RSS Reader

A Universal Windows App sample that showcases best practices, personality and inclusive design.

Traditionally, App samples for developers are crafted to showcase functionality. They severely lack design and the samples though showing features lack the UX guidance that most devs are often seeking. Hence, we took to task to redesign a simple existing app sample called the RSS Reader. We scoped the opportunity based on what external developers were asking from us. We being the engagement team were constantly listening to the community via conferences, blogs and other feedback channels.

This is how the sample looked like before we showered our TLC.

We created 3 versions of the App. Starting with mobile. All wireframes were sketched as the app was simple enough. Here are a few screens. A playful voice, tone and look was chosen to add some personality to an otherwise dry experience.

Next, the tablet version was laid out. We chose to keep three breakpoints so that the app could showcase both responsive and adaptive screens. Attention to detail was key. We also took the opportunity to design error screens as well as edge cases.


Lastly, the desktop version was laid out. The app heavily used a common pattern-The SplitView control which most 1st party apps on Windows use as well. This is also what external developers were needing as guidance.


For the ideal experience, we pushed the design more than a traditional sample. A curated view with a serif font for chosen for reading. Elegant text fields replaced the regular boxes. In terms of accessibility, the app supported a High Contrast light theme view as well. We also envisioned the sample using dynamic data to create icons on the split view. Based on the engineering time and resources we had, some of these features carried through production. Others were kept for a later release. The goal was to show devs how design and code should be balanced and best practices across both fronts were captured in this sample.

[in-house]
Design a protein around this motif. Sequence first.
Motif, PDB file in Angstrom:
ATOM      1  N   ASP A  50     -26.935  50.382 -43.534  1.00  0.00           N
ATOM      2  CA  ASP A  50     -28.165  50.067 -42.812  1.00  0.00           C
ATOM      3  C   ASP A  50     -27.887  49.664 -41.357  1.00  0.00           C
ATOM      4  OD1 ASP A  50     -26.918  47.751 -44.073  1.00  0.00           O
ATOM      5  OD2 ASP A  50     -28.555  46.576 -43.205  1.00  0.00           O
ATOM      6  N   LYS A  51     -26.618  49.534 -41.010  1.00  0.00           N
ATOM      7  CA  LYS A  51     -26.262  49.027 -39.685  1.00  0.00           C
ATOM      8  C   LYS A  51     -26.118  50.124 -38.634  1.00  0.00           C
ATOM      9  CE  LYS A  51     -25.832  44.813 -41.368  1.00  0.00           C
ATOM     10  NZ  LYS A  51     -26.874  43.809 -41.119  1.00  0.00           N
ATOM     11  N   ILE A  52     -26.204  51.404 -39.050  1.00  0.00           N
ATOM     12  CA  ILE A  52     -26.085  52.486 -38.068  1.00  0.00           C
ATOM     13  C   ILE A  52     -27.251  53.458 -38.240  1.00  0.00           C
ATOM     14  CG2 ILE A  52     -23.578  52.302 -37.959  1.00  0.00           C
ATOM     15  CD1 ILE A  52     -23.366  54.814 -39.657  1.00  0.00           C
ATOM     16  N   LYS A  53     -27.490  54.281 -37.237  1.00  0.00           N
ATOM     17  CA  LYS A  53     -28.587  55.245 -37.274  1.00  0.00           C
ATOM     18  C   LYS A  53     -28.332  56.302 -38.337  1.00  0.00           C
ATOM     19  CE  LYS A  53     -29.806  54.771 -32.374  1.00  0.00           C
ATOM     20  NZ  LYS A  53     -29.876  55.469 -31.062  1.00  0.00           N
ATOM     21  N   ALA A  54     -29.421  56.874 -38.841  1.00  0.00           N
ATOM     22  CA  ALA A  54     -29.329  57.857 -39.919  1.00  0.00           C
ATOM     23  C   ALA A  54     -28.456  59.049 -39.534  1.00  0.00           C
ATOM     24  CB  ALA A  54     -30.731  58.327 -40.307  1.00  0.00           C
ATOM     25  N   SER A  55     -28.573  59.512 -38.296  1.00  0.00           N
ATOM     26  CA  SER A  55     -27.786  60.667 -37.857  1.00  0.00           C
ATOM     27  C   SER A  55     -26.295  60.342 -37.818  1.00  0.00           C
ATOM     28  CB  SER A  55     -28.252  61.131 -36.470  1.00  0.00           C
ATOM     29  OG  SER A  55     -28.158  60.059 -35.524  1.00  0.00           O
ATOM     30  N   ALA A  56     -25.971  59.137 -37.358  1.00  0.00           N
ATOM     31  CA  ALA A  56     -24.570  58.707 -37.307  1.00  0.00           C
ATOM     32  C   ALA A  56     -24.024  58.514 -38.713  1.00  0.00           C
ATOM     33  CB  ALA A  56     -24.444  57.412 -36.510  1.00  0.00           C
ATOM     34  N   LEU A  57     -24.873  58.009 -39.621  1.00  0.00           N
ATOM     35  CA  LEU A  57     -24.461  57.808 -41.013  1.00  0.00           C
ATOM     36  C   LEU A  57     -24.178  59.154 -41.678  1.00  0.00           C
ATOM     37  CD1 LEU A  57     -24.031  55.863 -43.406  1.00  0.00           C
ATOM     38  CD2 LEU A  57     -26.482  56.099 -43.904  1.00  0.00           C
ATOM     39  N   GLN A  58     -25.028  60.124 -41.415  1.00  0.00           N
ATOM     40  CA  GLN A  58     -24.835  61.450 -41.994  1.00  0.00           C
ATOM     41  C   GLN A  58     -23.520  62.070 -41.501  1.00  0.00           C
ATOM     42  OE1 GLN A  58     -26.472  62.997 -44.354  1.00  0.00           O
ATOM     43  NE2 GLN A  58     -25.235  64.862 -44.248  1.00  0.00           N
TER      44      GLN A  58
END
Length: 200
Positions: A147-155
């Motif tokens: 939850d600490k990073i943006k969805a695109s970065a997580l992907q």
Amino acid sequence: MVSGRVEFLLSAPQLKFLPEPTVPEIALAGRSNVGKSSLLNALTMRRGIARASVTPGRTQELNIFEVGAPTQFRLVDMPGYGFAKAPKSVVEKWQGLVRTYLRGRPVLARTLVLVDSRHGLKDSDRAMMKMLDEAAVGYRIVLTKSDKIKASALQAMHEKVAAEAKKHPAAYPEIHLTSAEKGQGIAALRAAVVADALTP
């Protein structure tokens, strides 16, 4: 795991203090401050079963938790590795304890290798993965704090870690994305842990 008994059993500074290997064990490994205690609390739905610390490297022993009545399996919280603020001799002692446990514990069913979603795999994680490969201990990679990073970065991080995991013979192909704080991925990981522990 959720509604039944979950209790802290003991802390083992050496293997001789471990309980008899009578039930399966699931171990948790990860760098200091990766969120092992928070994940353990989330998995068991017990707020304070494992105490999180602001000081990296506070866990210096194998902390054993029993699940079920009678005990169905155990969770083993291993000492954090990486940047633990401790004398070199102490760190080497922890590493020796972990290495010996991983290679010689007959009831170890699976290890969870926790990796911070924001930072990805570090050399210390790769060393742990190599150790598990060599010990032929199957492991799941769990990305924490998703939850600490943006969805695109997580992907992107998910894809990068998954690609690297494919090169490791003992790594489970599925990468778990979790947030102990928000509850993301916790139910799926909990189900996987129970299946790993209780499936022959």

For this project, I switched gears and along with the interaction, I took on the role of a dev designer. This was a good project for me to learn Visual Studio Blend and I coded the XAML for the UI. I was accompanied by a developer for the backend magic as well as a visual designer for visual & motion explorations. This was a great learning exercise for me as I went through the pain points of what developers go through when coding our designs as well as understood how easy or difficult it was to create universal apps. It was a on-grounds experience to evaluate our documentation around Universal Apps as well.
We chose a prototyping heavy process and I would code simultaneously as the screens were being designed. This way, we would test a lot of crazy ideas in code before we would discuss them with the developer. The biggest learning moment for me was to amount of extra work that is needed to support inclusivity in apps. It took as several iterations, to limit the no. of colors and pair them appropriately with their counterparts for high contrast mode. Here’s a walkthrough of the prototype while getting built.

By the end of this project, we uncovered a few irregularities in the way samples were approached and communicated to the community. Hence, we also proposed a framework to approach samples. The framework divided samples into Applets, Mini Apps and Showcase Apps.


We also proposed a comprehensive documentation page that would list out best practices as well as lay out the defaults and custom controls used in the sample. We would also explain where and why we chose to break the rules. The documentation page would serve as a north star to all developers interested in building Universal Windows Apps.

The RSS Reader is the most popular sample averaging about 800 unique visitors each week. Give it try and play with it.